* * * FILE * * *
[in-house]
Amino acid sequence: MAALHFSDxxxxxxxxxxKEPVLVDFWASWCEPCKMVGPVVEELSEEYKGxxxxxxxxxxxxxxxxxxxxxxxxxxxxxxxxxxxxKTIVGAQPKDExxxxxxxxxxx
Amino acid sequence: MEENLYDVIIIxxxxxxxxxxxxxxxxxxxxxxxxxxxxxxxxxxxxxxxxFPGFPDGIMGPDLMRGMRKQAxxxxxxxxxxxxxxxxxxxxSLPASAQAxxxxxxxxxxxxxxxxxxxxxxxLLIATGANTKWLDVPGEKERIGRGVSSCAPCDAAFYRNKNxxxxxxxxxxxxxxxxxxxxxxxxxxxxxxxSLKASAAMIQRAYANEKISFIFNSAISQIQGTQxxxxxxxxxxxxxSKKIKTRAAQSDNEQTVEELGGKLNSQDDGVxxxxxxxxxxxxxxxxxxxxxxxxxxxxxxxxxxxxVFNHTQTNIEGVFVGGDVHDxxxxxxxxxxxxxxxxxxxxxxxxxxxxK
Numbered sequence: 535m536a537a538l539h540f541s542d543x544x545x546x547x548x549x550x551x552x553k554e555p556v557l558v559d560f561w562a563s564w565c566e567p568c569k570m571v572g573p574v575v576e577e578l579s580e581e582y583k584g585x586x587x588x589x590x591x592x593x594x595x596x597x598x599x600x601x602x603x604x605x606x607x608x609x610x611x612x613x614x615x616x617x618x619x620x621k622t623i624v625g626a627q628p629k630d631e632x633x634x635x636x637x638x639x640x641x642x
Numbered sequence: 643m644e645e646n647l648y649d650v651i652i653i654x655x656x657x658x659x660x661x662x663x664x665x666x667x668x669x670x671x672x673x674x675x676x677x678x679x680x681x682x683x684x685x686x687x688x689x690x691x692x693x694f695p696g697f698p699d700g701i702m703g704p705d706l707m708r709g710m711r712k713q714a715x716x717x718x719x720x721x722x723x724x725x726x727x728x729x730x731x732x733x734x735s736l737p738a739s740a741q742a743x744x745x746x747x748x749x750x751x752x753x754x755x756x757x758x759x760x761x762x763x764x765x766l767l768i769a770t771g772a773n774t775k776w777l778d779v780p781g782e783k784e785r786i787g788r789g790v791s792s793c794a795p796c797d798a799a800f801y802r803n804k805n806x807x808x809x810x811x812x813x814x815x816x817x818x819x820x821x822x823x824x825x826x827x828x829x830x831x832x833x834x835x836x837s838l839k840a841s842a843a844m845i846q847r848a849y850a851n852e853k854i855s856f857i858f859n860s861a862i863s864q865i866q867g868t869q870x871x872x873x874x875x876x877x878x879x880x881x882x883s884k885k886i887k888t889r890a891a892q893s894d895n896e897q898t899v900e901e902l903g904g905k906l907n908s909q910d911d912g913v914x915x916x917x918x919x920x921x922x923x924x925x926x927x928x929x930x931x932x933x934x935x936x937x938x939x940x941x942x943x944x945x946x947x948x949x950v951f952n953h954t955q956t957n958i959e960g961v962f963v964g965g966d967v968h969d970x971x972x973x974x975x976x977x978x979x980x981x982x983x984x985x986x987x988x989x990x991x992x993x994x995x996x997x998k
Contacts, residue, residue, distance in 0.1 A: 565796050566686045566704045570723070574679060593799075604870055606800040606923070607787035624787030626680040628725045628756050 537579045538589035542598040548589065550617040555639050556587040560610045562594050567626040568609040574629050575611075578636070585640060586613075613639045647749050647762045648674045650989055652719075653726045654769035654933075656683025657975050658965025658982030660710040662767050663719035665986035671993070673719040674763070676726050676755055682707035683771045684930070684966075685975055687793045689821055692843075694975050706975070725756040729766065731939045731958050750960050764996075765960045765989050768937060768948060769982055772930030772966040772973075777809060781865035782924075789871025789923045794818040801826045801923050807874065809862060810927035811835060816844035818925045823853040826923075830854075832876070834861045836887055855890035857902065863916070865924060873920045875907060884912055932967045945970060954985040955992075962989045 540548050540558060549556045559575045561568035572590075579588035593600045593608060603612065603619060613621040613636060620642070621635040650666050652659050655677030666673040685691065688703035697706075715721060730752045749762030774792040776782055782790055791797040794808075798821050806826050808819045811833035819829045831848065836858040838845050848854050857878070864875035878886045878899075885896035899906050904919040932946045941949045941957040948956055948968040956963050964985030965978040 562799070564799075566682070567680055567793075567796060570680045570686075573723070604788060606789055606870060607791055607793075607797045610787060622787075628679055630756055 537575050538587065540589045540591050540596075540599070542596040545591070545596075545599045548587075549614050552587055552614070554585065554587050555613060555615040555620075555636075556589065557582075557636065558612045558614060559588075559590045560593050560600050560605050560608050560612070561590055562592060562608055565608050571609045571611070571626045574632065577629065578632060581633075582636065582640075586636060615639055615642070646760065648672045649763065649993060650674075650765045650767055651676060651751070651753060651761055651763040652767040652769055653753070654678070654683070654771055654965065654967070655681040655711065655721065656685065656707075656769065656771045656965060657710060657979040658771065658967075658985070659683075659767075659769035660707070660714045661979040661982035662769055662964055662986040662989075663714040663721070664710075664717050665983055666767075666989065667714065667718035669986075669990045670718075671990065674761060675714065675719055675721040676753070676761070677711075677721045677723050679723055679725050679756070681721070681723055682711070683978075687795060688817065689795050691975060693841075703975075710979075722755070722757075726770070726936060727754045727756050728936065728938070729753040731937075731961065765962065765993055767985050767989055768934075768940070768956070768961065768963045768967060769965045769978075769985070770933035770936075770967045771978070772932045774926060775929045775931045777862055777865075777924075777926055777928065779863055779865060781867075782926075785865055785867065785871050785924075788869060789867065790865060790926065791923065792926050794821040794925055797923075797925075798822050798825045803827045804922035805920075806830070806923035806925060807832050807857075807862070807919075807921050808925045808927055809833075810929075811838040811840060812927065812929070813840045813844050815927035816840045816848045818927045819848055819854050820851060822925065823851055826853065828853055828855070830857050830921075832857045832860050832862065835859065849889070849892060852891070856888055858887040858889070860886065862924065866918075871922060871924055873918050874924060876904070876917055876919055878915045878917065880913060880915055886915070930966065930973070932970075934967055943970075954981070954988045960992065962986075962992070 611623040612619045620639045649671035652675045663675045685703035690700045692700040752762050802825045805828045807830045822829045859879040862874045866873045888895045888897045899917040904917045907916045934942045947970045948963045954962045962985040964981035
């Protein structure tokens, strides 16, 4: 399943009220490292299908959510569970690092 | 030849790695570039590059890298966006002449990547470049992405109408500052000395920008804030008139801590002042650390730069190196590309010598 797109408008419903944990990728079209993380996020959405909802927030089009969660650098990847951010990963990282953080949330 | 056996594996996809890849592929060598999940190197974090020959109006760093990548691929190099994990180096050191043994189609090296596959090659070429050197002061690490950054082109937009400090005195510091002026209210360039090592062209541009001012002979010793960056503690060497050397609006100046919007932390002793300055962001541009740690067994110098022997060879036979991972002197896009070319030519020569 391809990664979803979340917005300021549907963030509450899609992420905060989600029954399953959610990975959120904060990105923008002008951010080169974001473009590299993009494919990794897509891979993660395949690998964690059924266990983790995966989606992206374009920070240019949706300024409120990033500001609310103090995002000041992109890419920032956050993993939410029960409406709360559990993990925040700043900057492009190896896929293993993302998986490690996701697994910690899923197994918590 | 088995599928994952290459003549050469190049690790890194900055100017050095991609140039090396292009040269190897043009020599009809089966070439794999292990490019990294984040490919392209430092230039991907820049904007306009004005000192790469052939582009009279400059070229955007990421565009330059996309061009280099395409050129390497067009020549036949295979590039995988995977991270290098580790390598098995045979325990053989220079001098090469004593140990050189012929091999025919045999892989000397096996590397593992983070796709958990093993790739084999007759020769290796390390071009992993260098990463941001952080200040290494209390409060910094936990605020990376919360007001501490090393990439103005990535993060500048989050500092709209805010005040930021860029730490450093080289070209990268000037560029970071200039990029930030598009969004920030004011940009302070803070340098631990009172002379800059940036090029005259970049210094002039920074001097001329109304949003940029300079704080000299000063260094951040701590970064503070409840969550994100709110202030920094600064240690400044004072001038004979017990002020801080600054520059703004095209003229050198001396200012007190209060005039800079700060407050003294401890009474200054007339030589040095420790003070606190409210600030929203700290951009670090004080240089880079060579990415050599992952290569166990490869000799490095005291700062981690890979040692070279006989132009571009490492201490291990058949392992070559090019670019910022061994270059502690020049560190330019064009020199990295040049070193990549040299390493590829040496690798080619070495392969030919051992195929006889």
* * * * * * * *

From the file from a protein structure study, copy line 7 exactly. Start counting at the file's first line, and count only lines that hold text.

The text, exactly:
């Protein structure tokens, strides 16, 4: 399943009220490292299908959510569970690092 | 030849790695570039590059890298966006002449990547470049992405109408500052000395920008804030008139801590002042650390730069190196590309010598 797109408008419903944990990728079209993380996020959405909802927030089009969660650098990847951010990963990282953080949330 | 056996594996996809890849592929060598999940190197974090020959109006760093990548691929190099994990180096050191043994189609090296596959090659070429050197002061690490950054082109937009400090005195510091002026209210360039090592062209541009001012002979010793960056503690060497050397609006100046919007932390002793300055962001541009740690067994110098022997060879036979991972002197896009070319030519020569 391809990664979803979340917005300021549907963030509450899609992420905060989600029954399953959610990975959120904060990105923008002008951010080169974001473009590299993009494919990794897509891979993660395949690998964690059924266990983790995966989606992206374009920070240019949706300024409120990033500001609310103090995002000041992109890419920032956050993993939410029960409406709360559990993990925040700043900057492009190896896929293993993302998986490690996701697994910690899923197994918590 | 088995599928994952290459003549050469190049690790890194900055100017050095991609140039090396292009040269190897043009020599009809089966070439794999292990490019990294984040490919392209430092230039991907820049904007306009004005000192790469052939582009009279400059070229955007990421565009330059996309061009280099395409050129390497067009020549036949295979590039995988995977991270290098580790390598098995045979325990053989220079001098090469004593140990050189012929091999025919045999892989000397096996590397593992983070796709958990093993790739084999007759020769290796390390071009992993260098990463941001952080200040290494209390409060910094936990605020990376919360007001501490090393990439103005990535993060500048989050500092709209805010005040930021860029730490450093080289070209990268000037560029970071200039990029930030598009969004920030004011940009302070803070340098631990009172002379800059940036090029005259970049210094002039920074001097001329109304949003940029300079704080000299000063260094951040701590970064503070409840969550994100709110202030920094600064240690400044004072001038004979017990002020801080600054520059703004095209003229050198001396200012007190209060005039800079700060407050003294401890009474200054007339030589040095420790003070606190409210600030929203700290951009670090004080240089880079060579990415050599992952290569166990490869000799490095005291700062981690890979040692070279006989132009571009490492201490291990058949392992070559090019670019910022061994270059502690020049560190330019064009020199990295040049070193990549040299390493590829040496690798080619070495392969030919051992195929006889």